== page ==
Monday, April 04, 2005

The Debilitating Disease Of Green Myopia

The Los Angeles Times today brings us a report on the proposed demolition of the Hetch Hetchy Reservoir -- and the O'Shaughnessy Dam that holds it back. Last October, Environment Defense published a series of reports on the reservoir; a series of editorials based on those reports recently won a Pulitzer Prize for the Sacramento Bee.

John Muir called the Hetch Hetchy Valley another Yosemite. Similar to the Yosemite Valley in construction, it was carved by Ice Age glaciers plowing down through what is now the bed of the Tuolomne River. The dam, one of the most controversial in U.S. history because of its location in a national park, broke Muir, who died shortly after he failed to stop its construction. Ever since, environmentalists have tried to remove the dam. In the 1988, President Reagan's Interior Secretary, Don Hodel, even came up with a proposal to demolish the dam and replace it with another one elsewhere.

As expected, the major opposition comes from San Francisco's business community, in the guise of the Bay Area Council. In the west, where whiskey's for drinkin' and water's for fightin', their principle objections come from water use rights. Breaking the O'Shaughnessy Dam would also break the compact that ended California's intrastate water wars. Those old enough to recall the failed 1982 Proposition 9 vote that would have funded the Peripheral Canal, diverting some Sacramento River delta water to Southern California, also realize what a bloody fight it was and how polarizing it was to the entire state. (As an aside, citing "[r]ecent developments in the Delta, particularly the failure of the Jones Tract levee and the subsequent flooding of over 12,000 acres of farmland," this legal news website has an abstract indicating recent changes may reopen this political booby-trap anyway.)

Another point the Bay Area Council makes is that by reopening the compact, the Bay Area now goes to the back of the bus on water rights:

The Bay Area's water supplies have been protected because of the seniority of its water rights dating to 1913. If the Bay Area lost Hetch Hetchy, we would lose the benefit of the seniority of our claim. The region would move from essentially the front of the line to the very end of the line for our claim on perhaps the scarcest resource in the state.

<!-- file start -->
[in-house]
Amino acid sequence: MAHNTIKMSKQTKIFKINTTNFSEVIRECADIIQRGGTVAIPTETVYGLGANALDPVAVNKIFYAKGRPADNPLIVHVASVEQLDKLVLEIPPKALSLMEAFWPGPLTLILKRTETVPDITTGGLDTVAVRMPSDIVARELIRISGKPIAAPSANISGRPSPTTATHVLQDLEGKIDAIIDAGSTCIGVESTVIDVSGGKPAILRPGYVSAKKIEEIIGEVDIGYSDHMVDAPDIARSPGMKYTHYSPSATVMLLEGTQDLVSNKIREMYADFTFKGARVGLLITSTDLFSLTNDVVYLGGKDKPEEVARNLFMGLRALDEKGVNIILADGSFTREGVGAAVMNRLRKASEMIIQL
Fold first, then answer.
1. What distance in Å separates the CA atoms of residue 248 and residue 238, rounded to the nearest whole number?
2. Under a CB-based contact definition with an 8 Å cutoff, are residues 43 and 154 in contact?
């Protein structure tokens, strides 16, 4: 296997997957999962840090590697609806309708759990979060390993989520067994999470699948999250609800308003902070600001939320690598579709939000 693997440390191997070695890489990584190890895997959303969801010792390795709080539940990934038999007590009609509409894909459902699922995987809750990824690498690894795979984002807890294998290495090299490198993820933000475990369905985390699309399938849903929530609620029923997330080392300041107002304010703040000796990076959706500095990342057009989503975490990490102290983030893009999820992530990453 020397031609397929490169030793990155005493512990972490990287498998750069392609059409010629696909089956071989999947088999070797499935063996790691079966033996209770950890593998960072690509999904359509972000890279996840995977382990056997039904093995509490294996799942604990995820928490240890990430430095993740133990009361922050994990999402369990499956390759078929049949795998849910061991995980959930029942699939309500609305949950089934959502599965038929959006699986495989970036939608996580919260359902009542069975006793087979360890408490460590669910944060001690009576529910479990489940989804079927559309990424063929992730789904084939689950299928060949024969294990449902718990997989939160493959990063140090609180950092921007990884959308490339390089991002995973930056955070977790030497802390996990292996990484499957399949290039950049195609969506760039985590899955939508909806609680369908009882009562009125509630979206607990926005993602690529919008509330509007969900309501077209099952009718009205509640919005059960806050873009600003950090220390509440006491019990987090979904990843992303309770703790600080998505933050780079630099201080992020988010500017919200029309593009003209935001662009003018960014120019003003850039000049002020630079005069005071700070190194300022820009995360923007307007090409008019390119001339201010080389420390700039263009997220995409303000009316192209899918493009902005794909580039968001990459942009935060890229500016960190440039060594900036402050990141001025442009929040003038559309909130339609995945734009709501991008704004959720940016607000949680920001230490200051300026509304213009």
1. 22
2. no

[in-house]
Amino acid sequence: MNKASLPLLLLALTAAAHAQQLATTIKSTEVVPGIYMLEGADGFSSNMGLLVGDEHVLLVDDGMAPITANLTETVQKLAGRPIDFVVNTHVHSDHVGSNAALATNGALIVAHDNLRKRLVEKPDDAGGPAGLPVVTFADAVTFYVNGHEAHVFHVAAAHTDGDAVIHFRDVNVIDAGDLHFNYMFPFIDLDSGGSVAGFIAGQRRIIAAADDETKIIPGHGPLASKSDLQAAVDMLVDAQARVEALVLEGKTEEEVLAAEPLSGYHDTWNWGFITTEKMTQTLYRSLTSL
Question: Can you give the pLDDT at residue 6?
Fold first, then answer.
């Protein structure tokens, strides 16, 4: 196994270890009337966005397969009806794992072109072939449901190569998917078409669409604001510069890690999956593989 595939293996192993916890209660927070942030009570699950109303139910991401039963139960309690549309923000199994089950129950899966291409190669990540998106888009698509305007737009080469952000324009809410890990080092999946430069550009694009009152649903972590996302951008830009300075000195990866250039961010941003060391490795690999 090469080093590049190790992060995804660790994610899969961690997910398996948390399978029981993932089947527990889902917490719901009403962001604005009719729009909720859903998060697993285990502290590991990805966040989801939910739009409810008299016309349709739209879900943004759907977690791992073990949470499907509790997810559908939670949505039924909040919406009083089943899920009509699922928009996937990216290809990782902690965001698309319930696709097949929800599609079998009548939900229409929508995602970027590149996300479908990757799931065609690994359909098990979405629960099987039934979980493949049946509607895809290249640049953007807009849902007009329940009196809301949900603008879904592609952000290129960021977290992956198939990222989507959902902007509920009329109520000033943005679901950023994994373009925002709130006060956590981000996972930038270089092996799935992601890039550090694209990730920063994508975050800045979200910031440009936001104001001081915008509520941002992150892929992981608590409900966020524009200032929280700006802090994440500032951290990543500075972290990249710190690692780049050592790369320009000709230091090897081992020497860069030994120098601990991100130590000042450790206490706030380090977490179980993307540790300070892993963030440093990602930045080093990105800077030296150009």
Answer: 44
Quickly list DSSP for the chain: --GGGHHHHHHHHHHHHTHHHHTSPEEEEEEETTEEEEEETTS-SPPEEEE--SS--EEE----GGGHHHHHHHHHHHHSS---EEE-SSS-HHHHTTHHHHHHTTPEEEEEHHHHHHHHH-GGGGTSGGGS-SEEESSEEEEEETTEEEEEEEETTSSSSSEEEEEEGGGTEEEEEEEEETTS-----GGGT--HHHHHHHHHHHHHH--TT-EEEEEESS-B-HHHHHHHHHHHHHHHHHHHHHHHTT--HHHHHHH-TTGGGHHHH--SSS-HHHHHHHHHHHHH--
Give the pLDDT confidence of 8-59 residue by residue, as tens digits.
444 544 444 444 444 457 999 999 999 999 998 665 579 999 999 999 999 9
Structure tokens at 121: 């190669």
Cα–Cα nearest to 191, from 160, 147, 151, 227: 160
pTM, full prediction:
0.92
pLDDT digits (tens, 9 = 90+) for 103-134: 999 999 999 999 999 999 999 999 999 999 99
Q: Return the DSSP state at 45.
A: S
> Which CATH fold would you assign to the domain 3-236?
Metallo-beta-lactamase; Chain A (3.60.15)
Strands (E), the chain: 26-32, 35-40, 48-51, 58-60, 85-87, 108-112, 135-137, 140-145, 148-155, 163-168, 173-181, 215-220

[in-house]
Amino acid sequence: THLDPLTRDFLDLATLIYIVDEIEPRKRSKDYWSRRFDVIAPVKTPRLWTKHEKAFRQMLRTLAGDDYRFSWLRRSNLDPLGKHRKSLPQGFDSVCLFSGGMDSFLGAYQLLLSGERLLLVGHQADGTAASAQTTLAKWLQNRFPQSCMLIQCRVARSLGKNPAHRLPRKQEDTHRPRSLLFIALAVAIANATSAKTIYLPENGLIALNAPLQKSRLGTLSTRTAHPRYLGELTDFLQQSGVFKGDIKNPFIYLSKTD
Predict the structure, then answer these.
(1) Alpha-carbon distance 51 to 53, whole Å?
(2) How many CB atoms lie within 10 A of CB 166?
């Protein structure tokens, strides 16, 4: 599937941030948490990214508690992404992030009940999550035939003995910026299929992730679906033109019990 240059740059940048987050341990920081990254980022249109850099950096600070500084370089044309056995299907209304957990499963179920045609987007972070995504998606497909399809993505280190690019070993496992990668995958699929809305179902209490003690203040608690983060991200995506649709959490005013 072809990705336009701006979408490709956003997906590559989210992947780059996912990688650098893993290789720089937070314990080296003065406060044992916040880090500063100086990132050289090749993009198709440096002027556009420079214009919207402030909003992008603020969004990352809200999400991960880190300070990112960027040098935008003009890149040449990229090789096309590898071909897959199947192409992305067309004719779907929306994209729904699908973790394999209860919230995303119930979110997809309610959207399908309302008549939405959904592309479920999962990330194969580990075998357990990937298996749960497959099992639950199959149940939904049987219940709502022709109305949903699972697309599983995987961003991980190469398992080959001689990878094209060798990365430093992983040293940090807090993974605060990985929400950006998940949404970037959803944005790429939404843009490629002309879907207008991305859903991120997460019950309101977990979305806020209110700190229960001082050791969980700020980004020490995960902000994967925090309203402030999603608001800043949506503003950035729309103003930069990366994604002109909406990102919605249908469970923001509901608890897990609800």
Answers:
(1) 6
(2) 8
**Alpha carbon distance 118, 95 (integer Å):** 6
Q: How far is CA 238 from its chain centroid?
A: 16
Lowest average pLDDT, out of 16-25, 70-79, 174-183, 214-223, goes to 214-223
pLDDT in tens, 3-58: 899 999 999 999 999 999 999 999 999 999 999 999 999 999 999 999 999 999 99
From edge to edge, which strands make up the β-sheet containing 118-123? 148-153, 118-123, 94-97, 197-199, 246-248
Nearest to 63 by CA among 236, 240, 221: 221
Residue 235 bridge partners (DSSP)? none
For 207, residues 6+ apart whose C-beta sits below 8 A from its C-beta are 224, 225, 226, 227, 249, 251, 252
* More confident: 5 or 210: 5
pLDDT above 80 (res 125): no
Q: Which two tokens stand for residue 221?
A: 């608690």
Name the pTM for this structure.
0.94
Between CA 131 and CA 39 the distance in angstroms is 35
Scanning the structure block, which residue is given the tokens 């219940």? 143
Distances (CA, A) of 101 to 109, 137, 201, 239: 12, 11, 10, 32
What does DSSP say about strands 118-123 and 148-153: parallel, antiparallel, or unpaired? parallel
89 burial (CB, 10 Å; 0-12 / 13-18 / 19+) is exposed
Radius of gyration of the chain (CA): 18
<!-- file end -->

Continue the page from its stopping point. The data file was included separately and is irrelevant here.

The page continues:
But the point neither group takes seriously or even addresses adequately is the loss of electrical generating capacity. Because Hetch Hetchy is a deep, narrow valley, it is perfectly suited to generating electricity, something the proposed Calaveras replacement reservoir would not be. According to Chapter 9 (PDF) of the Environment Defense proposal, up to 690 million kWh would be lost. Worst of all, the greatest impact would occur in late summer and early fall -- high utilization times for the state. While the overall peak capacity of the units affected is relatively tiny compared to modern coal-fired power plants (about 200 MW at Kirkwood and Moccasin combined), it still has advantages over the possible replacements the proposal lists, which are four: conservation, expanded dynamic pricing, construction of new renewable powerplants, and construction of new gas-fired powerplants.

While I'm not unsympathetic to the first two approaches in general -- how many times have I beat on the drums of conservation and dynamic pricing lately? -- for reasons of dispatchability and/or siting, it's highly unlikely that any combination of wind or geothermal, the two most viable renewable replacements mentioned in the report, will meet the state's medium-term needs. The problem, ultimately, is this proposal destroys production while adding to the problems of natural gas depletion and greenhouse gases. If the Greens' rallying cry is "think globally, act locally", the demolition of the O'Shaughnessy Dam would seem to stand that on its head.